I knew this day would come soon. It always comes eventually. Legendary American Film critic Roger Ebert passed away April 4, 2013 after over a decade long battle with cancer of the thyroid and salivary glands. I'm obligated to write something in his honour. Not because I was asked to. Because I want to. But I really do have to. I have to. I must. How could I not write something about the single most influential writer in my life. Trouble is, I don't know where to start.
There was a time when I wanted to be exactly like Roger Ebert. I wanted to be a film critic. In high school, I wrote movie reviews for the school newspaper. I received a Bachelor of Arts in Film Studies. I made a short film at the New York Film Academy. At 18, I really thought I'd make a living in the film industry. Somehow life intervened. Years passed. Jobs, relationships, and living arrangements are all different now. At 33, I earn a living in a completely different field than I thought I would.
Yet, I continue to write.
Somehow I'm happier now than before.
Roger Ebert was the most influential movie critic of all time. His work in print won him awards but his work on screen made him a star. I used to set my VCR to record episodes of Siskel & Ebert when I was in high school. The show popularized the now immortal "Thumbs Up/ Thumbs Down" rating system for movies. It was a catchy shorthand that worked well for television and print advertisements but gave way to "sound byte" critics with one line reviews. I never really cared which direction their thumbs pointed, I just loved hearing the two of them discuss movies.
Much of the endearing quality of Roger Ebert was that he was first and foremost a fan of movies. Many of his writings were less about the analytical qualities of the film and more about the overall movie going experience.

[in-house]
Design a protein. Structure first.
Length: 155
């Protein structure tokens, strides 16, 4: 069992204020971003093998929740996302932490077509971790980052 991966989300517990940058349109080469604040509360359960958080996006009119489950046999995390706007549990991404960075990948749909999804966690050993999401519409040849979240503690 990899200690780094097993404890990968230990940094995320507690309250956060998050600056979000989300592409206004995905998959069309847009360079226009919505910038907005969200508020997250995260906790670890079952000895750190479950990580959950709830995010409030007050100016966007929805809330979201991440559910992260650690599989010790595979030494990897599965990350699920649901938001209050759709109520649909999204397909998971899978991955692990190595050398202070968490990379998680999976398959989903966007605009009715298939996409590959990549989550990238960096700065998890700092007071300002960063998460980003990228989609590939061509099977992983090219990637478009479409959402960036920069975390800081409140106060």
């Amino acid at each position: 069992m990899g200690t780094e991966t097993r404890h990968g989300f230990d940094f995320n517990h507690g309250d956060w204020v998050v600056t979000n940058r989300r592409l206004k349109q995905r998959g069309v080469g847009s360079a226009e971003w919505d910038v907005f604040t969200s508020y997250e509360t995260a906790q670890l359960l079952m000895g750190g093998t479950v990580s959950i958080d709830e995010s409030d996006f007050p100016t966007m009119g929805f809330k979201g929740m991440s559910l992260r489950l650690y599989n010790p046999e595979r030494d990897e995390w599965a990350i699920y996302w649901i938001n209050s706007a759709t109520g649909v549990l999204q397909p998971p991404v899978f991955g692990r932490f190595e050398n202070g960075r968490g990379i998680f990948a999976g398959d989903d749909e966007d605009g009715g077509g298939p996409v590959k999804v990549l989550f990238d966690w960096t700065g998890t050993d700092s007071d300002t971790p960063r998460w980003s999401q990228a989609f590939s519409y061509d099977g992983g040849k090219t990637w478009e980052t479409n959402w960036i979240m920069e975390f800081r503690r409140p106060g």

He was a personal writer. If you read his reviews, over time you'd get to know the man. You'd learn not only his opinions of films, but his political views, his love for nostalgia, his admiration for his wife Chazz, and his cherish for the smaller things in life.
I've borrowed liberally from his personal style of writing. For many, watching movies is a communal experience. But for all, interpreting movies is a personal one. I just can't write about movies and not keep it personal. Everything I bring to the table contributes to my subjective experience. From how many movies I've seen, to who I'm seeing it with, to my family upbringing, my religious beliefs, my age, my income, even what time of day it is.
For a man who was synonymous with film, Roger Ebert lived an even richer life outside the Cineplex. Ironically, I just happen to be reading his autobiography, Life Itself, at the time of his passing. I foolishly was expecting more "showbizzy" name dropping film stories but instead got many anecdotes about his Roman Catholic upbringing, his early newspaper days, travels to Europe, his battle with alcoholism, and more about his beloved Chazz.
Unable to speak since 2006, Ebert's voice has only grown stronger. He lives on in his writing.
He taught me to take things from my life and put it into whatever I create. Whatever that passion may be.
From him I learned the greatest movie I'd ever see couldn't be seen in any darkened auditorium.
That movie... is my life.